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Shareholders should normally run a mile when the creation of a “national champion” is touted as justification for a merger. But in the case of Barceló and NH Hoteles, they should be prepared to overrule their instincts.
On Monday, NH confirmed that privately owned Grupo Barceló had proposed a merger of the two companies, a combination that would vault both above rival Melia as the country’s largest homegrown hotel operator. Barcelo says its proposal, which would result in it owning 60 per cent of the combined entity, values NH shares at €7.08 each, a premium of 27 per cent to the undisturbed price. But an implied enterprise value of around 11 times forecast earnings (before interest, tax, depreciation and amortisation) is a lower multiple than Accor’s recent acquisition of Mantra.
In contrast to many hotel groups, NH owns or leases most of its properties, which are primarily located in European cities. It is a recovery story, having nearly collapsed under the weight of its debts in 2013. Barceló’s recent record has been more polished. Revenues and ebitda have doubled in the past four years. Its hotels are skewed towards resorts.
The combined group would boast 198 hotels in Spain, giving it more pricing power in a buoyant market. Despite the terrorist attack on Barcelona, UBS forecasts that this summer will be one of the best for Spain’s hospitality industry, with average occupancy of 80 per cent. The addition of Barcelo would also give the merged group a more material presence in the Americas, and Berenberg estimates annual cost savings of up to €80m.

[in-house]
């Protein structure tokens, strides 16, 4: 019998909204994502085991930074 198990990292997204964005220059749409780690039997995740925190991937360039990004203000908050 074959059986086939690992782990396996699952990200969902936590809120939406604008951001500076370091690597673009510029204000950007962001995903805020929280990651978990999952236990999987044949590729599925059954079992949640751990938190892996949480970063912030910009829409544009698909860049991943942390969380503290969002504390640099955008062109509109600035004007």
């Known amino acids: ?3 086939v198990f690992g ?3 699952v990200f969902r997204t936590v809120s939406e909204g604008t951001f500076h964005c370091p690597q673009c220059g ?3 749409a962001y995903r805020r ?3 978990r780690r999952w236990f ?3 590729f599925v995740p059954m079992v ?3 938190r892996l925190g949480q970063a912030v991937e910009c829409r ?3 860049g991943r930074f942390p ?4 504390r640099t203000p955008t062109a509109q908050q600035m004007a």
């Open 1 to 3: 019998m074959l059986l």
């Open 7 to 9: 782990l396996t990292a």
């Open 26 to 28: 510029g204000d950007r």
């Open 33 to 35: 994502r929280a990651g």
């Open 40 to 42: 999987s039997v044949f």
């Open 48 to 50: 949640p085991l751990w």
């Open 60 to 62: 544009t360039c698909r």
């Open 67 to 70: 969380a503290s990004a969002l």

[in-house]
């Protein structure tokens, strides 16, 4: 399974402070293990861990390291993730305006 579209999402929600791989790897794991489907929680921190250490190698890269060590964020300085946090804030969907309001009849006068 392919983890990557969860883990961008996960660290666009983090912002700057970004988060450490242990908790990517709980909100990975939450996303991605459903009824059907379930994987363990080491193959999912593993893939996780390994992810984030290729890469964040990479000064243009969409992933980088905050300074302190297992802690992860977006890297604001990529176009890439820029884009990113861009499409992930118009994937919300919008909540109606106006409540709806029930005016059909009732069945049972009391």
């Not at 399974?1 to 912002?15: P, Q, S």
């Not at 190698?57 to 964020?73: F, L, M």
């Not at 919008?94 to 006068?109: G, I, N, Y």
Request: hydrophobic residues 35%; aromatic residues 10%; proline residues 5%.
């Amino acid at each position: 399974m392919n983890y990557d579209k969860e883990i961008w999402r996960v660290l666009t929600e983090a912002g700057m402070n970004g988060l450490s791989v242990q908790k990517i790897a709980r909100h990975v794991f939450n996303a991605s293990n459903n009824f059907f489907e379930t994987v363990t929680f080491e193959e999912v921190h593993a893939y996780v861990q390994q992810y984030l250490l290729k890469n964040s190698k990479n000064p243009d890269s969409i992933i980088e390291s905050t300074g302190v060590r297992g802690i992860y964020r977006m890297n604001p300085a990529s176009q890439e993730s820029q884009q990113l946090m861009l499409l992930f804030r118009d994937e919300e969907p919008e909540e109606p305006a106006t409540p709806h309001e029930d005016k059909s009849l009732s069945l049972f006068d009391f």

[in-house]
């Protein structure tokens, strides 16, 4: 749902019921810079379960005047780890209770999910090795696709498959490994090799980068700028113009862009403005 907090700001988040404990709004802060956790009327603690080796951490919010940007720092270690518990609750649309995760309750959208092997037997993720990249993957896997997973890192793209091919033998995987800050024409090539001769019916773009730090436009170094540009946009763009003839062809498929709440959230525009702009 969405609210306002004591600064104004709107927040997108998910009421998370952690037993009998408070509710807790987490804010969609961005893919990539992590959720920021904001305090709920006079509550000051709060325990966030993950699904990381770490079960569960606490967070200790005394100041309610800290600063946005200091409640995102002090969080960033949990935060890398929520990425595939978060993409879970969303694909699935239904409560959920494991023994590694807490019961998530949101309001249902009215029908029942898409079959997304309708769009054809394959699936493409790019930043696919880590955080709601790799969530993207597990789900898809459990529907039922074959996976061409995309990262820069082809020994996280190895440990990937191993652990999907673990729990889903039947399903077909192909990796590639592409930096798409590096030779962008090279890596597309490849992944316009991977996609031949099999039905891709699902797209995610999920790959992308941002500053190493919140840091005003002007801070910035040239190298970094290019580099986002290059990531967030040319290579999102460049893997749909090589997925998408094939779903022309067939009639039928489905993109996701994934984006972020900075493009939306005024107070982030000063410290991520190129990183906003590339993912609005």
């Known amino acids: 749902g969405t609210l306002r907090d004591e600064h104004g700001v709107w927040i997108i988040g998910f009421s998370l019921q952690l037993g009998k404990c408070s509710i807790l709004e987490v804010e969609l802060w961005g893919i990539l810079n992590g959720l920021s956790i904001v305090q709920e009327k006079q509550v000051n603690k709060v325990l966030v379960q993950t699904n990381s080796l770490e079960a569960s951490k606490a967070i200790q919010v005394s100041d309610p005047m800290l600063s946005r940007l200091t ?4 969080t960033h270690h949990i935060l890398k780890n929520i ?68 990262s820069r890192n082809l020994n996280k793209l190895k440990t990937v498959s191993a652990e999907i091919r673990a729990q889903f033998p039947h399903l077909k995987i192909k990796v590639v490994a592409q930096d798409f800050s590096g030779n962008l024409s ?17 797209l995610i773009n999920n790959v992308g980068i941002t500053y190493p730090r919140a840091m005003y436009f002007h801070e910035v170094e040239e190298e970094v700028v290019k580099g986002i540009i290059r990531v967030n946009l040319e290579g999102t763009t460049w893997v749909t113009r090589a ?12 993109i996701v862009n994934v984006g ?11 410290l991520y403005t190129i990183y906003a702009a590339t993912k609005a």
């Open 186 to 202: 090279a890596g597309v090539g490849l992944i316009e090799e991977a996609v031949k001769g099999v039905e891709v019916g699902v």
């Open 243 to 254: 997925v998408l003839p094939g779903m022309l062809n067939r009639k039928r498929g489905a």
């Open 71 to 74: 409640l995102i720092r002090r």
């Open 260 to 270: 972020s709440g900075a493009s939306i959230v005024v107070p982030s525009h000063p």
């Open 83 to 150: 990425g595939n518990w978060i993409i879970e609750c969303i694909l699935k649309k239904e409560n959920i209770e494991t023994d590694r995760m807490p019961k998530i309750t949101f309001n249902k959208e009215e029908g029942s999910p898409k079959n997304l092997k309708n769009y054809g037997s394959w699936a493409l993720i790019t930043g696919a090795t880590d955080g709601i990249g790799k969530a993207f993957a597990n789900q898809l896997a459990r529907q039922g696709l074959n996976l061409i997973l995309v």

Chinese conglomerate HNA Group owns 29 per cent of NH. After losing its board representation and under political pressure at home, it may welcome an exit. Or it may fancy engineering a combination of NH with Stockholm-listed Rezidor, which it controls. Whether the mooted Iberian titan ever gets to its feet may well be decided in Haikou rather than Madrid.
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